Yoga

/ˈjoʊɡə/ - योग

“Yogas chitta vritti nirodha” (“Yoga is the neutralization of the vortices of feeling.”)

—Patanjali

Yoga literally means “union”. This union can be understood on different levels: philosophically, as that of the relative, limited self with the absolute Self; religiously, as that of the individual soul with the Infinite Spirit; psychologically, as the integration of the personality – a state wherein a person no longer lives at cross-purposes with himself; emotionally, as the stilling of the waves of likes and dislikes, permitting one to remain in all circumstances complete in himself. (1)

According to the ancient sage Patanjali, yoga is the neutralization of ego-directed feelings, because once these become stilled, the yogi realizes that he is, and that he has always been, one with the Infinite – that his awareness of this reality was limited only by his infatuation with limitation. (1)

The Paths of Yoga

Most people in the Western world think of yoga as hatha yoga, but yoga is primarily a spiritual discipline and there are many types. Some of the most well-known are karma yoga, bhakti yoga, gyana yoga, and raja yoga. (2)

Karma Yoga

The path of karma yoga is yoga through action. Fulfillment in karma yoga lies not so much in doing many things as in acting more and more, even in little things, with the consciousness that it is the Divine who, truly, is the Doer.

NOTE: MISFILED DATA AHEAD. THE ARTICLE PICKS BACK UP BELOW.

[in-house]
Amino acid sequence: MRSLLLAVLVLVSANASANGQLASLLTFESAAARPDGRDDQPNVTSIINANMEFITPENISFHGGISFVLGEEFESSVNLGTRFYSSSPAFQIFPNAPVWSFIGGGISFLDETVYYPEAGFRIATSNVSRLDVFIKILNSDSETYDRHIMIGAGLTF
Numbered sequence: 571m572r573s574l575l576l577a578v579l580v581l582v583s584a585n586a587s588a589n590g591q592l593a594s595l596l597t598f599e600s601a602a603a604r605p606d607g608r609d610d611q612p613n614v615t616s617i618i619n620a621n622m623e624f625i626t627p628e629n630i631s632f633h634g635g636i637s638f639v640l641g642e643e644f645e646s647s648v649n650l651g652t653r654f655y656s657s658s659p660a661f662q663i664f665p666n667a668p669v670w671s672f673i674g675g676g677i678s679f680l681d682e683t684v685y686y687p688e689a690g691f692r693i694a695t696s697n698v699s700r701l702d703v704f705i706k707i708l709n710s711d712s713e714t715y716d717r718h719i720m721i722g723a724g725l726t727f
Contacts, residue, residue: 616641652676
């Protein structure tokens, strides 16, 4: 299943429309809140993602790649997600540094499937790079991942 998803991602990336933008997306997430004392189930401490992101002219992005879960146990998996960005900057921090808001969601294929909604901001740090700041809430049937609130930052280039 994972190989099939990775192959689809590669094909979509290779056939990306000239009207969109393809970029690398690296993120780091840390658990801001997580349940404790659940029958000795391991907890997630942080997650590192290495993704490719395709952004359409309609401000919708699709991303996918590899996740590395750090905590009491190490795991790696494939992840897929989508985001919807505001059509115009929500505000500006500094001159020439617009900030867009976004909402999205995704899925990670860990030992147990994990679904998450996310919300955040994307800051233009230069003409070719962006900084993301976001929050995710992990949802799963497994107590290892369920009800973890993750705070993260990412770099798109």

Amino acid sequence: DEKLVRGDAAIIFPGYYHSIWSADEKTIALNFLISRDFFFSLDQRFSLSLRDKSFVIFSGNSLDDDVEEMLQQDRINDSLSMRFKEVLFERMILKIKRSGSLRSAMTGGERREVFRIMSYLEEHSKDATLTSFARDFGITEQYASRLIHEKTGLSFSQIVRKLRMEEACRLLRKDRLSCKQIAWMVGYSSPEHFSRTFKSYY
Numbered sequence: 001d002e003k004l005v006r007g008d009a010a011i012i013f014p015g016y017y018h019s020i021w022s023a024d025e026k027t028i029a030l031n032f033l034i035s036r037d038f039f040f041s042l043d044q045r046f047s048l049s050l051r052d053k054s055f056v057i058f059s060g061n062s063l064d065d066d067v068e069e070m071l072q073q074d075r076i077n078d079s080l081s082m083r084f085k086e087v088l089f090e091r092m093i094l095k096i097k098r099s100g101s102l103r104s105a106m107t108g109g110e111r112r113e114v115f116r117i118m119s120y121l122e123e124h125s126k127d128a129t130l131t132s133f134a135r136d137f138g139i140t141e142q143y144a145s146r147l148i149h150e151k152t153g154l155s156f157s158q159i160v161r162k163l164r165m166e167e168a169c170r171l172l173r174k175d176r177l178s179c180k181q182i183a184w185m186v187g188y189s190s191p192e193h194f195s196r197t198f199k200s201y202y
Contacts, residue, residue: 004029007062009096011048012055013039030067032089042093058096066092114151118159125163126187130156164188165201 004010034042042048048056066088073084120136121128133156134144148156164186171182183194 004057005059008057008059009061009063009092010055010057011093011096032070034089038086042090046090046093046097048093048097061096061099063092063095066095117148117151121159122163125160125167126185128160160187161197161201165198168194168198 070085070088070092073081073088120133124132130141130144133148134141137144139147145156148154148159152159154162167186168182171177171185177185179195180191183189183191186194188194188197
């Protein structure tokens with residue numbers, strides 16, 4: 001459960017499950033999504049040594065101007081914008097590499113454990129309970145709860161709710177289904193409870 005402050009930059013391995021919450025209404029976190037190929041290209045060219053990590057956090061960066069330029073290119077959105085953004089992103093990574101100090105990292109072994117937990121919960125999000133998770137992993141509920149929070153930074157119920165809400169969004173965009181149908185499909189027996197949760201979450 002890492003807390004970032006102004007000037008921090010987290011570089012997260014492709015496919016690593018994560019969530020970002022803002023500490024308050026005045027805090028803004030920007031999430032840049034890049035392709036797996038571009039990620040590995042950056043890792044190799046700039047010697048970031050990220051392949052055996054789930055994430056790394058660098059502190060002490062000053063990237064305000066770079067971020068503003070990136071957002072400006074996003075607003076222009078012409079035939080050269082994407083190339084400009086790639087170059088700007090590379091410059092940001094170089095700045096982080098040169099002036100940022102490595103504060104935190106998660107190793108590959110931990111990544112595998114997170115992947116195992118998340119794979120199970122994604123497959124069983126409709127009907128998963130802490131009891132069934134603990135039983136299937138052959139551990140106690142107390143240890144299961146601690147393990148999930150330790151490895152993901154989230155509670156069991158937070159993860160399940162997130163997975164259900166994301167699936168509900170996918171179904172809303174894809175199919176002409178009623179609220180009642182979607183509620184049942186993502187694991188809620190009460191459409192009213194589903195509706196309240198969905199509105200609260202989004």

Everyone acts, but not many are real karma yogis. A karma yogi redirects all the wrong impulses of their heart into wholesome channels. More than that, he or she tries to become aware of the divine energy flowing through them as they act. For the karma yogi, the spirit in which they act is more important than the service itself. They must act without desire for reward. According to karma yogis, all other activity stirs up more waves of likes and dislikes in the heart. (1)

Bhakti Yoga

Bhakti yoga is the yoga of devotion. However the result of bhakti yoga is not the restless excitement of ordinary romance, but a deep, inner calmness. The bhakti yogi thinks of the Divine first in personal, human terms: as Father, Mother, Friend, or Beloved. Such a personal view helps them to awaken and direct love towards the Divine.

However, they eventually see and love the Divine in all forms. According to Swami Kriyananda, it is not what we love, but how we love, that is important if our devotion is to lead us to enlightenment. Sectarian differences only create more waves of likes and dislikes; they do not result in yoga or union.(1)

Gyana Yoga

Gyana yoga (also spelled jnana yoga), is the yoga of Self-study. It is not only a particular path to union, but also points out the direction all our thinking should take.(1) It is based on the idea of “non-dualism”, in other words, that we already are the Divine or Higher Self, we just need to realize it. (3)

Raja Yoga

Raja yoga, or “royal yoga” views human nature as a kingdom composed of many psychological tendencies and physical attributes, all of which require considerate attention. The raja yogi, therefore, is enjoined to rule their inner kingdom wisely and with moderation, developing all aspects of his nature in a balanced, integrated way. The main focus of Raja Yoga is meditation and similar techniques with the goal being yoga, or union. However a raja yogi often practices all the above yogas as well in order to remain balanced.(1)

References

  1. a b c d e f The Art and Science of Raja Yoga, Swami Kriyananda. Step Two, “The Paths of Yoga.”
  2. The Essence of Self-Realization, Paramhansa Yogananda. Chapter 4, “The Need for Yoga.”
  3. The Yoga of Truth: Jnana: The Ancient Path of Silent Knowledge, Peter Marchand. Chapter 1, “The Yoga of True Knowledge”